“Want to live, work or study in another Member State?” asks the news crew of the Citizen Signpost Service (CSS) which has, since 2002, been helping thousands of Europeans as they trek across the Union in pursuit of new prospects.
If you have not already seen the signs in metro stations and other public spaces around Europe's capitals, 2006 is the European Year of Workers' Mobility. It celebrates the European Internal Market and, especially the freedom of movement for work or study within it.
|The key to a new life working or studying in the EU.|
The European Commission set up the Citizen Signpost Service to help people encountering difficulties or with queries on the Internal Market or on mobility issue. To date, more than 13 000 queries have been handled and/or assistance rendered. The latest initiative by the CSS team is the new on-line newsletter, called You're on the move in Europe!
Subscribers learn about CSS and what citizens stand to gain from the service and from the EU's mobility schemes, in general. Quoting the Chinese proverb, “He who asks a question may be a fool for five minutes, but he who never asks a question remains a fool forever”, the newsletter shows how it can be of use in everyday matters, and that there is no harm in asking.
For example, a British citizen living in another EU country recovered €429 from a telecom operator who overcharged him. A CSS legal expert referred the person to the relevant EU legislation and explained how the Council Directive (93/13) on unfair terms in contracts applied to his case. The person was also made aware of the local European Consumer Centre and other private consumer organisations.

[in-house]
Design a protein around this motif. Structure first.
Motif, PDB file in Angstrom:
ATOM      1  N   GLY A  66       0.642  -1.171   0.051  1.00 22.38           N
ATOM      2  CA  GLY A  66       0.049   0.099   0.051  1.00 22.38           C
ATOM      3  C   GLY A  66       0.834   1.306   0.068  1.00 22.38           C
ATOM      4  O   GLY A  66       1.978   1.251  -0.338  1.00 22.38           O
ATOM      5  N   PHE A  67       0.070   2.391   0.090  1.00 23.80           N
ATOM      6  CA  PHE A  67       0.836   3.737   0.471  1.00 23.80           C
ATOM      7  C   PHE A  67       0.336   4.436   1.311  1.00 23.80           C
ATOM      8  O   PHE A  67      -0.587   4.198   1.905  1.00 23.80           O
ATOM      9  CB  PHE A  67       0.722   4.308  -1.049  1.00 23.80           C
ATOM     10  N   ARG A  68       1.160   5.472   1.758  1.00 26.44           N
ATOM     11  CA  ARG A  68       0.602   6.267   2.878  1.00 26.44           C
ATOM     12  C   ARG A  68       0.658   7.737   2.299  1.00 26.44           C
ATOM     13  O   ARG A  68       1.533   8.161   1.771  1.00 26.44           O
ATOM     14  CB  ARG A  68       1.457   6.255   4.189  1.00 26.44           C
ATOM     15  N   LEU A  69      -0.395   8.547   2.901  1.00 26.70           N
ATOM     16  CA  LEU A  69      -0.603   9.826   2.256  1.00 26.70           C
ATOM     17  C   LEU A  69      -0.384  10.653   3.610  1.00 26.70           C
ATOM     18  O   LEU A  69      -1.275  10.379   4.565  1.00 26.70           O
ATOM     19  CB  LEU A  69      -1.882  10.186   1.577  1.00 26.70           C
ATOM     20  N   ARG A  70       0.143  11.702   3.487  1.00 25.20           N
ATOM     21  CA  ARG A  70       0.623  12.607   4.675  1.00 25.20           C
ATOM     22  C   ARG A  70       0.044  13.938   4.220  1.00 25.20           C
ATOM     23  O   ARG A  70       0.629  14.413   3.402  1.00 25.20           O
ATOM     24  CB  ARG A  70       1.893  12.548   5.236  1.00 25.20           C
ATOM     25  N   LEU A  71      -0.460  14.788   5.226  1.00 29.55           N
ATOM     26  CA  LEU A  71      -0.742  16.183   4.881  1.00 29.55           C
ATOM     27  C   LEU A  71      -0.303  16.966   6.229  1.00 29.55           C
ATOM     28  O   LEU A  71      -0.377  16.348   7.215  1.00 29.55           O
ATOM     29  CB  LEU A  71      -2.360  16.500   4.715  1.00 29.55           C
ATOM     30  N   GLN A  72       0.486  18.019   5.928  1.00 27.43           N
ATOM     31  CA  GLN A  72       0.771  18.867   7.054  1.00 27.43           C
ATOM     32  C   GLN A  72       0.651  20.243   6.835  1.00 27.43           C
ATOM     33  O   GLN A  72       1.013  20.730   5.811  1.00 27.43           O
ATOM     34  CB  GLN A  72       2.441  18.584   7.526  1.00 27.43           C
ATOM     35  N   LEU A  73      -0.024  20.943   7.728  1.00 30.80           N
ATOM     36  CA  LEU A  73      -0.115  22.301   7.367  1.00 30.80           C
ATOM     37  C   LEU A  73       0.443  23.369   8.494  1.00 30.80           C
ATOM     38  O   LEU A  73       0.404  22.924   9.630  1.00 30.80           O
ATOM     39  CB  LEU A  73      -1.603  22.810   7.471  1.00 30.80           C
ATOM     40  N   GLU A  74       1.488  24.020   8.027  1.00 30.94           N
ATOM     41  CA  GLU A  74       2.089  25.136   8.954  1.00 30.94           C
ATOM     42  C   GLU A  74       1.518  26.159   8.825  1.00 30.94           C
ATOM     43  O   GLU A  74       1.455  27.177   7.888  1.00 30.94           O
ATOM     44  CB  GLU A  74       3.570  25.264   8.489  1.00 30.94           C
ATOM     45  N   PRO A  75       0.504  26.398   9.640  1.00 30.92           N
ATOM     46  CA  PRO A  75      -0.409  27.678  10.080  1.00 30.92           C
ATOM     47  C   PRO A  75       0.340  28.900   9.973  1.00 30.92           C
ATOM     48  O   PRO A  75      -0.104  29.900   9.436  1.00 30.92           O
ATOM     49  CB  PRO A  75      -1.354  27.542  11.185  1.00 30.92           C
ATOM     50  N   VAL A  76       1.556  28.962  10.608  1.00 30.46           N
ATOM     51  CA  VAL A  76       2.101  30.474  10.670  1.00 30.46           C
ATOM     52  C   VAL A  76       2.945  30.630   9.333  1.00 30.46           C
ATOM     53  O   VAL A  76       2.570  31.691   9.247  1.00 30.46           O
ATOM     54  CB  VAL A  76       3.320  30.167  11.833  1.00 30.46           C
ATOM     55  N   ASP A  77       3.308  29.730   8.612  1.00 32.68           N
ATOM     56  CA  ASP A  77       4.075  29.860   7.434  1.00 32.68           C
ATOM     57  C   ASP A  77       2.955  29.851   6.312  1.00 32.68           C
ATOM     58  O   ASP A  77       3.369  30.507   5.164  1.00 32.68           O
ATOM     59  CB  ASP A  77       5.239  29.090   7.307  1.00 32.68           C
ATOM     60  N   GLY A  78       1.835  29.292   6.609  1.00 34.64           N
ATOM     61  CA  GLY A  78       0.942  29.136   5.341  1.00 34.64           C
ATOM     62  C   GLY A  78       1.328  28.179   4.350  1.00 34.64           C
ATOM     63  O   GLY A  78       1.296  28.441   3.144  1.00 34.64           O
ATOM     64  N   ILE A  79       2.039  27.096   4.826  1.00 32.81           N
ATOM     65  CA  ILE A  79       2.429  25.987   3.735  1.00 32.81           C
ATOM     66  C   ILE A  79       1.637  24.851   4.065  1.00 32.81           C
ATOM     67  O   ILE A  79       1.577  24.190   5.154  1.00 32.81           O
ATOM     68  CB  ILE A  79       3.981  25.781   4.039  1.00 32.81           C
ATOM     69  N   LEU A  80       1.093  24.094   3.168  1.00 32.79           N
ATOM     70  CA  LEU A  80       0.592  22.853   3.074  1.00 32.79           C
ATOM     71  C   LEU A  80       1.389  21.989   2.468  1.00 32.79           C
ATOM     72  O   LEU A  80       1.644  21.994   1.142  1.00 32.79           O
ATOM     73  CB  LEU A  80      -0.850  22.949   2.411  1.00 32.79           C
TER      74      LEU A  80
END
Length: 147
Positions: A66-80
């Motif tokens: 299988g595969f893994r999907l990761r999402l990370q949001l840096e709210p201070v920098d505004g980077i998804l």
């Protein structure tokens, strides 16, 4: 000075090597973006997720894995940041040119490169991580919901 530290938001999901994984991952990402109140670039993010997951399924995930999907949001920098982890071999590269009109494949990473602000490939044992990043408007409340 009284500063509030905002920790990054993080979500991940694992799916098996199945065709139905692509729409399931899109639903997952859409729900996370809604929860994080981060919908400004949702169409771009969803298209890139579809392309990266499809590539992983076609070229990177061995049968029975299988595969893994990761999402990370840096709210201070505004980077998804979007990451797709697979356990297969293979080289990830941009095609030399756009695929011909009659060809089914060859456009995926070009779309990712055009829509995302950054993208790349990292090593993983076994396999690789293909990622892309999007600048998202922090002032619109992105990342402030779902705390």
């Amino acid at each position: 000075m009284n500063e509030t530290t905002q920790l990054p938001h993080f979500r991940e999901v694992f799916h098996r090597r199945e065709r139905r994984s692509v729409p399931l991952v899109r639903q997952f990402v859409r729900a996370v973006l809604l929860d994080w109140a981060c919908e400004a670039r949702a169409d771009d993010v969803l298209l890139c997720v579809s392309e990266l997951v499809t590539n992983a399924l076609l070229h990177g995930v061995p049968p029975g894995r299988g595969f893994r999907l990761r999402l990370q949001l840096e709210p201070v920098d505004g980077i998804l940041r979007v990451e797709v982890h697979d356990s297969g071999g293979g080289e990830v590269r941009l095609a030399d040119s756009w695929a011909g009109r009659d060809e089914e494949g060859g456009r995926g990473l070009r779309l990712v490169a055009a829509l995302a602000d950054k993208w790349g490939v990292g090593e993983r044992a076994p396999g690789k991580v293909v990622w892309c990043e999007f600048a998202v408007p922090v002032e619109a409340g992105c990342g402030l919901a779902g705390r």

The CSS team has been called on to answer queries in a wide range of fields, including studying, training and carrying out research in other EU countries; buying goods or services on the Single European Market; conditions for travelling throughout the EU; equal rights and opportunities for men and women in the Union, and more.
Researchers in Europe are fortunate enough to have their own dedicated ‘Mobility Portal' and news service, such as the Europe4Researchers Newsletter. The latest issue, March 2006, features stories on ERA-Link which helps US-based European researchers stay in contact with the research scene back home, what the EU is doing to help women develop careers in the sciences and engineering, and a focus on R&D in Israel, among others.
For information about researcher rights in the EU, visit the European Charter for Researchers site, via the Mobility Portal. Young scientists should also see what funding and help is available for them through the Marie Curie Actions in the EU's Framework Programmes for research.
CSS Newsletter, Research DG services